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  • Amazon, Netflix and Streaming Svcs Could See an Influx in New Users if SOPA Passes

    December 20 2011

    The day of decision is a big deal for those interested in the outcome of the latest proposal to combat online piracy. In the days leading up to a vote in the Senate for SOPA (Stop Online Piracy Act, or HR 3261), which is scheduled for December 21 2011, there has been much heated debate. The bill's aim is to prevent the illegal use of copyrighted materials such as movies, music, and the sale of bootleg versions of prescription medicines, military gear and more; by paving a way for such materials to be blocked from internet access through strict domain server screening, the freezing of convenient profitability, and by stiffening the penalties for those streaming and receiving the items.

     

    Each side of the issue has weighed in heavily with their concerns for, or against the measure. On the one hand it's argued that it equates to censorship and loss of protected freedoms, which would all but mean "the end of the internet as we know it." In another view it was claimed to be very dangerous for the safety of the internet from an overall security standpoint in that it “will break the assurances from this security tool (DNSSEC.)"

     

    On the other hand content providers and copyright holders say they require more than the measures already on the books to protect them from further losses which they say the piracy costs them.

     

    Industry giants could find their business directly affected should the bill pass. Google (NASDAQ:GOOG), Yahoo (NASDAQ:YHOO), and Ebay (NASDAQ:EBAY) through their association with NetCoalition Group expressed fears and criticism that the law would prove an overburden task for them to uphold. Paypal and Visa (NYSE:V) would also be directly involved by the sought changes in the law.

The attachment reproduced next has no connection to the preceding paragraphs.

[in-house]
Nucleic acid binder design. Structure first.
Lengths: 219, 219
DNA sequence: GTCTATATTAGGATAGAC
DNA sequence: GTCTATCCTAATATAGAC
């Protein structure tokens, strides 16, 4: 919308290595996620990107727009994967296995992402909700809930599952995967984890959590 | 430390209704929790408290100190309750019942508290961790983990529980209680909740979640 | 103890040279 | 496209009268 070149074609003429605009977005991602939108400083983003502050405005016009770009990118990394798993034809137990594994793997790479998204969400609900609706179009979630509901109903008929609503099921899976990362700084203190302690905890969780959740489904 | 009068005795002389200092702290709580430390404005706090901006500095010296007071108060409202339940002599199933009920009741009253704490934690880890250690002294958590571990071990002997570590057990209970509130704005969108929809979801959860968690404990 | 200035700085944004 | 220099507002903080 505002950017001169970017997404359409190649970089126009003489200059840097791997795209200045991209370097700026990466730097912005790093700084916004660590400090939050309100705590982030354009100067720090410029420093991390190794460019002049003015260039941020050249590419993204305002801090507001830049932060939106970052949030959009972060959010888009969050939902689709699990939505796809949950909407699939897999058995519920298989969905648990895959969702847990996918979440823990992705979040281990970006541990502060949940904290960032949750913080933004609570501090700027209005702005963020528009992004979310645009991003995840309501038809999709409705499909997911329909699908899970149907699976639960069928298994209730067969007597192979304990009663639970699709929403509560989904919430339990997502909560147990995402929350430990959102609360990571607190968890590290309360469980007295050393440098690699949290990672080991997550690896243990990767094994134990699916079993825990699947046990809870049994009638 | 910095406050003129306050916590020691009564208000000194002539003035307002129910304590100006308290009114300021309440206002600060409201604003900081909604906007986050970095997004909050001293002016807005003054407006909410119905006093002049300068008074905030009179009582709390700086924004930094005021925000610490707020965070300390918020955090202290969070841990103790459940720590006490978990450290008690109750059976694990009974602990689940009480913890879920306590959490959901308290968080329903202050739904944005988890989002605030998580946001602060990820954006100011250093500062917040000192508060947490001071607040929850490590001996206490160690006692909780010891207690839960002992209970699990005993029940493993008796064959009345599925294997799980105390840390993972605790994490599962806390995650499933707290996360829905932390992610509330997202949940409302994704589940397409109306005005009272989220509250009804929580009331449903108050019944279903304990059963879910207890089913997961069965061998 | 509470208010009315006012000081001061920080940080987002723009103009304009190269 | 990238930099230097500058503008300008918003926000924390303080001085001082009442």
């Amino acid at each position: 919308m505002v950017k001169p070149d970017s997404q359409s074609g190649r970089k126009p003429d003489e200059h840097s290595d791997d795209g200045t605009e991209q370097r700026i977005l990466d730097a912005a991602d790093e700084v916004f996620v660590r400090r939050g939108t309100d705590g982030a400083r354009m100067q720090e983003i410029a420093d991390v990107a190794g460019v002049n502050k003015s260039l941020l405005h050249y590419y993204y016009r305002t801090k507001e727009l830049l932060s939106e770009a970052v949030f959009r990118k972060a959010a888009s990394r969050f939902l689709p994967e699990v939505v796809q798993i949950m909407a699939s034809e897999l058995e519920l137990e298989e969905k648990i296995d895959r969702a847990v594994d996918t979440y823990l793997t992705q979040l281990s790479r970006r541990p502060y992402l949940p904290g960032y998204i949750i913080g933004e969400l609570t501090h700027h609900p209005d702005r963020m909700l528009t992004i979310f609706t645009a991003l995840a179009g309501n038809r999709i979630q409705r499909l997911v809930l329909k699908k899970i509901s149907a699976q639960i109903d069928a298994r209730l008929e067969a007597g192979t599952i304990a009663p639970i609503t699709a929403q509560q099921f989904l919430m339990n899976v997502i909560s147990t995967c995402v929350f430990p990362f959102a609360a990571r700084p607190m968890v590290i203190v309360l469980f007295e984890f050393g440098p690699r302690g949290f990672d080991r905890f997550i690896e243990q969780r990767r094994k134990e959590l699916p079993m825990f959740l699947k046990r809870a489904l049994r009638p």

Other businesses such as proper streaming content providers like Netflix (NFLX,) Amazon (AMZN,) Hulu, HBO Go and other streaming content providers, could stand to experience an influx of users to their services if the law passes.

     

    quotes source wikipedia: 3.0 cc license creativecommons.org/licenses/by-sa/3.0/


    Dec 20 11:39 PM | Link | Comment!
  • MTU's Union Bank to Begin Charging New Fees
    We all heard about the recent movement of frustrated banking consumers and their corresponding mass protests. Many Bank of America consumers were so upset about the possiblity of being charged a five dollar fee to use their debit cards, that they took to the streets in complaint. Many of them put the monies where their mouths were (so to speak), and closed their accounts. In response the bank retracted it's intentions to charge the fee. At the time, many consumers rushed to credit unions and also to other big brand banks that were not charging such fees, as an alternative to apease their woes. Union Bank didn't have such fees. That was then, and this is now. It seems that Mitsubishi UFJ Finacial Group, Inc.'s Union Bank is about to prove it's self the rock in the hard place for some consumers. It has announced that it will now be charging new fees similar to the other big banks beginning on Jan. 1, 2012.
    Tags: MTU, BAC
    Dec 04 2:42 PM | Link | Comment!
  • Progressive Raises Consumer's Eyebrow Along with Rates
    Traditionally when the value of one's vehicle depreciates, as when each year it becomes older, more worn and torn, and it's book value is worth less; the corresponding rate of the cost to insure it usually always also goes down. However, for some consumers of Progressive Corp insurance, this tradition seems not to be holding it's old familiar standing. For this round of upcoming renewals, certain consumers recieved news that their rates will be increased, while the value of their vehicle is by default (in most cases) depreciating. While there may be a perfectly logical (from the business mind of Progressive Corp.) reason for doing so, the move is sure not to sit well with some of the prospective payers, and could be a sign of financial problems yet to be open and clear. The last big corporation that hiked up rates substantially, experienced huge consumer defections and a plummetting stock share, and in that case the value of the item (box office Hollywood hits vs. aging cars) in question was actually appreciating. We'll see how this plays out.
    Tags: PGR
    Dec 04 3:00 AM | Link | Comment!
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